.

OCALAN ON MARXISM, ANARCHISM, FEMINISM AND CAPITALISM

Like so many other neo-Stalinists, from Gorbachev to the Eurocommunists, Ocalan combines his enthusiasm for Western-style democracy with a dismissal of Marxism.

He also rejects anarchism, saying: ‘Anarchism is a capitalist tendency. It is an extreme form of individualism which rejects the state itself.’ He is quite clear that he ‘does not reject nor deny the state’. Instead, he advocates ‘a lean state as a political institution, which only observes functions in the fields of internal and external security and in the provision of social security.' **

Few liberals would have too much disagreement with this approach to the state or, indeed, with Ocalan’s approach to feminism. Just like any liberal, he is also quite clear that women’s liberation ‘should have priority over the liberation of … labour.’

Ocalan does make bold, if somewhat hypocritical, statements about male domination in contemporary society such as: ‘To kill the dominant man is the fundamental principle of socialism.’ And women’s participation in the Rojava revolution is a striking example of how women will be central to any social change in the 21st Century. But a genuine women’s revolution would surely require a proletarian women’s movement outside the control of either middle-class activists or the PKK/PYD.

Such a revolution would also require the transcendence of the family. According to one Rojavan human rights worker: 'Society here is very masculine and very feudal, … there still needs to be a change in the classic family structure if we are ever going to see [women's role] expand.' Yet, despite his criticisms of the family, Ocalan still insists that the family 'is not a social institution that should be overthrown’. Indeed, he even argues that a reformed family is both the ‘most important element’ and ‘the most robust assurance of democratic civilisation.’

As regards capitalism, Ocalan does argue for a ‘progressive transition from a production based on profit to a production based on sharing.’ But he appears to believe that capitalists ‘never number more than one or two percent of society’ and he even claims that the class war ‘has come to an end’. He also proposes that the new social order 'will allow for individual and collective property’ and that labour will be 'remunerated according to its contribution to the entire product.’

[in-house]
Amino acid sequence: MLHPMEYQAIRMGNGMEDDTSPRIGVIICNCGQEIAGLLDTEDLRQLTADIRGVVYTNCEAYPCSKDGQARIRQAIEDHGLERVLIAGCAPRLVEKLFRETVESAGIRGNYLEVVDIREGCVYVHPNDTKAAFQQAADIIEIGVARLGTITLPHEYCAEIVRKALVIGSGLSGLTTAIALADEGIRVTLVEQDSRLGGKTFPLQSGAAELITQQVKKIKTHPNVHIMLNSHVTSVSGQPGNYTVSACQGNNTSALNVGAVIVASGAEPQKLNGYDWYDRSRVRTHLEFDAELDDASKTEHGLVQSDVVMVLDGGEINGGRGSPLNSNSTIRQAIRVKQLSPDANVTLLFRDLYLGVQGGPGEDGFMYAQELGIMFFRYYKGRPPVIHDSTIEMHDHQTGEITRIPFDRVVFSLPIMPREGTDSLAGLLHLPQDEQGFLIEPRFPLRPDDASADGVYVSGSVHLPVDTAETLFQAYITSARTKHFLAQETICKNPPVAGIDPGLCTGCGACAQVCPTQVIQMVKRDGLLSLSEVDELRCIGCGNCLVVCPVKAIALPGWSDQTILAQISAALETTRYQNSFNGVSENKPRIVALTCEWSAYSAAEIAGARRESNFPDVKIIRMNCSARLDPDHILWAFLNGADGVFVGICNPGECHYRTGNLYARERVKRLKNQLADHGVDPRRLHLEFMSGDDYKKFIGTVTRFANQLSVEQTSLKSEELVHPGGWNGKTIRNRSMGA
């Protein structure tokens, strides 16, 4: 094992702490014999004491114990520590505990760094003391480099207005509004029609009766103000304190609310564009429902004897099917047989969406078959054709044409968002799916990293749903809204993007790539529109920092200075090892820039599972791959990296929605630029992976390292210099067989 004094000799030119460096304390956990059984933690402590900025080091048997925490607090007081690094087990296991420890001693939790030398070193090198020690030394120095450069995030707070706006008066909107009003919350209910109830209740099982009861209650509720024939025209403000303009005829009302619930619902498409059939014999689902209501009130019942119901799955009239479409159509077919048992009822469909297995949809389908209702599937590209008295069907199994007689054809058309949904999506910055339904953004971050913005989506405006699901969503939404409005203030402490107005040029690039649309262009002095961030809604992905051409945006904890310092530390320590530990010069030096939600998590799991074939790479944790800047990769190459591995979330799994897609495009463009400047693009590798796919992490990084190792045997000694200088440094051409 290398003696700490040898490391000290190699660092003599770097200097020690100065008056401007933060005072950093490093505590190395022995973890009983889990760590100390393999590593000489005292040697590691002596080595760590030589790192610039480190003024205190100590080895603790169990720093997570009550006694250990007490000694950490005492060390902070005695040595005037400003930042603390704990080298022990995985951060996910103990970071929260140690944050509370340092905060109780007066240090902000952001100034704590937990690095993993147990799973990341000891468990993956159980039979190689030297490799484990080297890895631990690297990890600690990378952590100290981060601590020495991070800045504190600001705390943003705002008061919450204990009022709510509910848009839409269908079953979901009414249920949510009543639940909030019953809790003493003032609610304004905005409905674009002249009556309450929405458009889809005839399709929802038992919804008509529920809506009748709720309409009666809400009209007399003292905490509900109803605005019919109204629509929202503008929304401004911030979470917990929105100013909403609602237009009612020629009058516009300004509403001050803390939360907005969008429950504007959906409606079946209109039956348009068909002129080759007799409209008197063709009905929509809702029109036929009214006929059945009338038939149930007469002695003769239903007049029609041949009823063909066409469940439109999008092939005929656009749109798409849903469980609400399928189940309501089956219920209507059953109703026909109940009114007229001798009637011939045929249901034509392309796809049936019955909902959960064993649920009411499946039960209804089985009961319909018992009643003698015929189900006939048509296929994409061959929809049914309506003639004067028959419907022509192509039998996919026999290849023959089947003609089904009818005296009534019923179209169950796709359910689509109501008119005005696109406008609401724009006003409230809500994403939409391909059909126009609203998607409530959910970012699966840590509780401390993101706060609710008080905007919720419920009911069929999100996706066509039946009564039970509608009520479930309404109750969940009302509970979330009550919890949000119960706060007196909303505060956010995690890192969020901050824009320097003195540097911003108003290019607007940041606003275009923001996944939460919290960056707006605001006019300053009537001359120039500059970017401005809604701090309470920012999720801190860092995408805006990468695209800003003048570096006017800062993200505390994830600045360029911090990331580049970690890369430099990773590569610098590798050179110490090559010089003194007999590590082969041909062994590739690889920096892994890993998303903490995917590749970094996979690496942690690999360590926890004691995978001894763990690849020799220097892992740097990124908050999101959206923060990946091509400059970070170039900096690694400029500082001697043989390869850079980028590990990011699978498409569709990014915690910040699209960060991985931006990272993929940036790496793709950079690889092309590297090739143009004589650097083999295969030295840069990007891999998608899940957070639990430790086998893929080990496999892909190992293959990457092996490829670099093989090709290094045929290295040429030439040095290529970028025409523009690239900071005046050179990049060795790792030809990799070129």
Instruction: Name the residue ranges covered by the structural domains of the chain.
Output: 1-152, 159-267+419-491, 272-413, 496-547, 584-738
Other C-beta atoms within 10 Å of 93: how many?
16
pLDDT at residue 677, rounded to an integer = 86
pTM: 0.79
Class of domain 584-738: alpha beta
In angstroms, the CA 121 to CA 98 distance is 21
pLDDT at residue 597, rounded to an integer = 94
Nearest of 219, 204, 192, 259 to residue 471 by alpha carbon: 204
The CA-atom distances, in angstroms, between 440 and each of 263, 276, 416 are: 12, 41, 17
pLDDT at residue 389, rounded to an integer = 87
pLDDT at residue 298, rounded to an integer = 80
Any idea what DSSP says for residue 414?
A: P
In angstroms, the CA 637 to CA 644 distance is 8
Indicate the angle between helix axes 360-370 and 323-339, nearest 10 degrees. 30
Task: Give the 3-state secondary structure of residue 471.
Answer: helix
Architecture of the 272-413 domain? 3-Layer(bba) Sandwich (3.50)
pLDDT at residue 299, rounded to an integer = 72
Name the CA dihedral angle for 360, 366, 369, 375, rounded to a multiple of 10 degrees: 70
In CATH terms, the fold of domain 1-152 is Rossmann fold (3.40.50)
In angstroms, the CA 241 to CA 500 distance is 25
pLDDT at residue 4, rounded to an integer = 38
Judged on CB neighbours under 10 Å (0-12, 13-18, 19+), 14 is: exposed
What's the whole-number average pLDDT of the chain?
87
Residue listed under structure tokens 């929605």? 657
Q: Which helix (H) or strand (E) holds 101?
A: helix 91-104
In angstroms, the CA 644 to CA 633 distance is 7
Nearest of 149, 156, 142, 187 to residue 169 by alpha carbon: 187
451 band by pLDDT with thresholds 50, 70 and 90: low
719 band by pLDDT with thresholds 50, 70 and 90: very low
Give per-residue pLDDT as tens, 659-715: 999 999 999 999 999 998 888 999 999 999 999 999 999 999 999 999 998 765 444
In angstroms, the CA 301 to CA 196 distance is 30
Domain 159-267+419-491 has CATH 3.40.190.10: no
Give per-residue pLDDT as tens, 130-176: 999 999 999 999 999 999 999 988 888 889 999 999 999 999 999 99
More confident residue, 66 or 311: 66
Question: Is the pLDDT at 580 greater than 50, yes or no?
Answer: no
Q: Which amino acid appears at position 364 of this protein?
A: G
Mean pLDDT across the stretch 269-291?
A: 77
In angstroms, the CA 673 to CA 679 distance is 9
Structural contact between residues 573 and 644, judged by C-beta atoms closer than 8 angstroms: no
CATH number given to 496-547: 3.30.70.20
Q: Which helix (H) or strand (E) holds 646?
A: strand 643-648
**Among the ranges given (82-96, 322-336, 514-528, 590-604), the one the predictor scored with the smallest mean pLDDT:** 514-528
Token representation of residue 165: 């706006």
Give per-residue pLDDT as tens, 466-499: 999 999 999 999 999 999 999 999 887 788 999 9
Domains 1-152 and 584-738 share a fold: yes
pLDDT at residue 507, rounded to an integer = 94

In the programme for the Hamburg conference, John Holloway claims that the Kurdish movement in Rojava is one of ‘the most outstanding examples’ of anti-capitalism. But these statements by Ocalan instead show a movement whose ideological leader has a very limited understanding of capitalism and no real desire to end the misery of private property and wage labour. It is hardly surprising, therefore, that one of the economics ministers in Rojava has openly stated that he wants any cooperatives to compete with private capital. While, the head of Internal Security even said that Rojava is ‘a new market, and everyone can play a role, including the Americans.’

Ocalan’s solution to every social problem really does seem to be, not anti-capitalist revolution, but democracy. Democracy is certainly preferable to dictatorship. But it makes little sense to say that democracy, even a radical form of direct democracy, is itself a ‘corrective for extreme class divisions’.

It is, of course, just such extreme class divisions and inequalities, exacerbated by capitalism’s chronic crises and wars, that have led to today’s situation in which so many people have turned to the seemingly revolutionary alternative of ISIS. But from Egypt to Turkey to Iraq, democracy has done little to empower proletarians to push for the radical sharing of wealth that is so urgently needed to end all class divisions and so end the appeal of ISIS.

The PKK say they want to transform the Middle East ‘without the utopian perspective of a world revolution’. But it is surely only the prospect of an anti-capitalist world revolution that could ever inspire people both to overthrow ISIS and to spread the Rojava revolution across the Middle East.

Such a world revolution would require a political movement that was far more internationalist than the PKK/PYD could ever be, burdened as it is by its deep attachment to Kurdish identity. The PKK/PYD is also burdened by its initial decision to be relatively neutral in the Syrian civil war and by its later decision to ally with the US. No matter how understandable these decisions were, they have discredited the Rojava revolution across the Arab world and made it even more difficult for it to become a starting point for international revolution.

Any talk of international revolution may seem utopian. But the Arab Spring and Occupy movements showed that potentially revolutionary movements are now able to emerge and spread internationally like never before. And a global revolution is still a more realistic prospect than any hope that an alliance with Western imperialism will somehow lead to the Rojava revolution spreading across the Middle East.

After the victory at Kobane, the PKK/PYD leader, Salih Muslim, visited government officials in London and spoke passionately in favour of an even stronger alliance with the West. He said: